5. The assessee appealed to the Income-tax Appellate Tribunal and the Tribunal concurred with the reasons and the view of the AAC and dismissed the appeal.
6. The Income-tax Appellate Tribunal refused to make a reference and, therefore, the assessee moved this court and obtained a reference of the aforesaid questions.
7. The AAC took the following circumstances into consideration to come to the conclusion that in reality there were no gifts :
' 1. The gifts were alleged to have been made through book entries on 8-7-59 but up to the assessment year 1965-66, the interest treated as paid by the HUF to the ladies was being disallowed. The assessee never questioned that the interest did not belong to the HUF. For theassessment year 1965-66 the matter went up to the Income-tax Appellate Tribunal and this ground was not pressed before the Tribunal.
2. The assessee never filed any gift-tax return in respect of these gifts.
3. The corroborative evidence and subsequent conduct of the asses-see showed that the assessee never wanted these transfer entries to be treated as gifts by the karta to the two ladies.'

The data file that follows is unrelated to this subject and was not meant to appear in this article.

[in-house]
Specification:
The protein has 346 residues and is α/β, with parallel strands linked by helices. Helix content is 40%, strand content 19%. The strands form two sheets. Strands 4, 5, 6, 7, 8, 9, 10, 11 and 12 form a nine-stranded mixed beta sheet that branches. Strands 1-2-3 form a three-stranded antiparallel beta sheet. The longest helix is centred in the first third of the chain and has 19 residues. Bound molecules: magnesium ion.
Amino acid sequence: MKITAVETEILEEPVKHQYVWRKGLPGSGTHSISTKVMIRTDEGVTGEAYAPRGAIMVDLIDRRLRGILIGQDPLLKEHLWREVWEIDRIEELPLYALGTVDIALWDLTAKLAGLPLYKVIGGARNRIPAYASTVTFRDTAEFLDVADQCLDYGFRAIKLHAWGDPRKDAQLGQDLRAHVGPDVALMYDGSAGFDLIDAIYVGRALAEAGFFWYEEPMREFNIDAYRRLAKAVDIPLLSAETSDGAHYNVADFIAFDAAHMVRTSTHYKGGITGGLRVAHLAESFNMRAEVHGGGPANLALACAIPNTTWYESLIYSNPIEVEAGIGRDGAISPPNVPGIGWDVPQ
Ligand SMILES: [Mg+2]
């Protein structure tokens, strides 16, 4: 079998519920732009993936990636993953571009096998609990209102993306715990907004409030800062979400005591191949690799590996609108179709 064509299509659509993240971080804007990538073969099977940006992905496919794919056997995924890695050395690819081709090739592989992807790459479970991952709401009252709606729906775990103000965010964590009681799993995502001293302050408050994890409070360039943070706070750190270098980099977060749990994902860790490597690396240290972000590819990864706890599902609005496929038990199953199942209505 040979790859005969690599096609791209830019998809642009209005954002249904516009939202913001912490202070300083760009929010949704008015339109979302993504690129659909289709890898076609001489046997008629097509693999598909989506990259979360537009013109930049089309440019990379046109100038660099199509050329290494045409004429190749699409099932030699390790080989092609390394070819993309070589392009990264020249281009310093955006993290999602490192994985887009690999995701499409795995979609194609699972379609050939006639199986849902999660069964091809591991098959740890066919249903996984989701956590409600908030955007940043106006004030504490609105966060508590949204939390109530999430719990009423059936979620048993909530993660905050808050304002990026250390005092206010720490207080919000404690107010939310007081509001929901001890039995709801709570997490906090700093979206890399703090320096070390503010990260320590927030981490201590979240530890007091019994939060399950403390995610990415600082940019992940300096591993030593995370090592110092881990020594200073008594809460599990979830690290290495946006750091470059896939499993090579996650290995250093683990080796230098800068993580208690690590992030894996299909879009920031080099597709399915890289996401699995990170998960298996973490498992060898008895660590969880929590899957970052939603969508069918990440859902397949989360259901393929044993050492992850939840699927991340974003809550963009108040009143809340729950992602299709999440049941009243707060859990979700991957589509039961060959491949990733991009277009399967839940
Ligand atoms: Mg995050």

8. The Income-tax Appellate Tribunal decided the four appeals in respect of the assessment years 1966-67 to 1969-70 by a common judgment and placed reliance on the following circumstances to uphold the conclusion of the AAC :
' 1. The entries were made in the books of the assessee.
2. There is no evidence that the gifts were accepted by the ladies.
3. There is no evidence of subsequent conduct to show that the gifts were acted upon.
4. The control and possession over the amounts gifted remained with the family and were not transferred to the two ladies.
5. Up to the assessment year 1965-66, the Department treated the payment of interest to the two ladies as not a permissible deduction and the assessee accepted this position. In the appeal for the year 1965-66, the assessee had not pressed the ground before the Tribunal. In view of this the debits made in the previous years relevant to the assessment years 1963-64 and 1965-66 were not of much help to the assessee.
6. In those years (up to the assessment year 1965-66) the validity of the gifts was not accepted and the assessee did not pursue the matter further.
7. There was no occasion for making these gifts.
8. The amounts alleged to have been gifted represented almost 2/3rds of the capital of the HUF and the gifts were not reasonable.
9. Question No. 1 relates to only two points, namely, whether the gifts were not accepted by the two ladies and whether they had no possession or control over the amounts gifted to them.